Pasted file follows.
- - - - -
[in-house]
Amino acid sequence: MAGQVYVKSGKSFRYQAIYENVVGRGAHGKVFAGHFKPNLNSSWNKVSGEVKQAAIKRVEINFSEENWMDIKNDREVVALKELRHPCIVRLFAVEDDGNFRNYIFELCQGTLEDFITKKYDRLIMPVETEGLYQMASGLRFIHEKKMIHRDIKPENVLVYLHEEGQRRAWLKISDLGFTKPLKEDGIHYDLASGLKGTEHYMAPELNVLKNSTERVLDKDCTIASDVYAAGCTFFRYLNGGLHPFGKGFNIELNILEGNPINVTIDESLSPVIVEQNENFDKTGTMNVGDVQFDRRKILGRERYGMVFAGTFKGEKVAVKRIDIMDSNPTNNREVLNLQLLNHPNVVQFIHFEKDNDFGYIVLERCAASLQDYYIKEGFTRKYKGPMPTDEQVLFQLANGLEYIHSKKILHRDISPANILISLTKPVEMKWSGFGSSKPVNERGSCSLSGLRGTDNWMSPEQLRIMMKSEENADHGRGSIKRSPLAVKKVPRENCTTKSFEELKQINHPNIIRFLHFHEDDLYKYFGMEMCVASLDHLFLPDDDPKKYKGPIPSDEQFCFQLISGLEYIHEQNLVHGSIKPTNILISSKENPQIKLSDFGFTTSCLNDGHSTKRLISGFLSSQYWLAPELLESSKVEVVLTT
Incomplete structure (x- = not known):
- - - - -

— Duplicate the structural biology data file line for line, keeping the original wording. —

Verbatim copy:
[in-house]
Amino acid sequence: MAGQVYVKSGKSFRYQAIYENVVGRGAHGKVFAGHFKPNLNSSWNKVSGEVKQAAIKRVEINFSEENWMDIKNDREVVALKELRHPCIVRLFAVEDDGNFRNYIFELCQGTLEDFITKKYDRLIMPVETEGLYQMASGLRFIHEKKMIHRDIKPENVLVYLHEEGQRRAWLKISDLGFTKPLKEDGIHYDLASGLKGTEHYMAPELNVLKNSTERVLDKDCTIASDVYAAGCTFFRYLNGGLHPFGKGFNIELNILEGNPINVTIDESLSPVIVEQNENFDKTGTMNVGDVQFDRRKILGRERYGMVFAGTFKGEKVAVKRIDIMDSNPTNNREVLNLQLLNHPNVVQFIHFEKDNDFGYIVLERCAASLQDYYIKEGFTRKYKGPMPTDEQVLFQLANGLEYIHSKKILHRDISPANILISLTKPVEMKWSGFGSSKPVNERGSCSLSGLRGTDNWMSPEQLRIMMKSEENADHGRGSIKRSPLAVKKVPRENCTTKSFEELKQINHPNIIRFLHFHEDDLYKYFGMEMCVASLDHLFLPDDDPKKYKGPIPSDEQFCFQLISGLEYIHEQNLVHGSIKPTNILISSKENPQIKLSDFGFTTSCLNDGHSTKRLISGFLSSQYWLAPELLESSKVEVVLTT
Incomplete structure (x- = not known):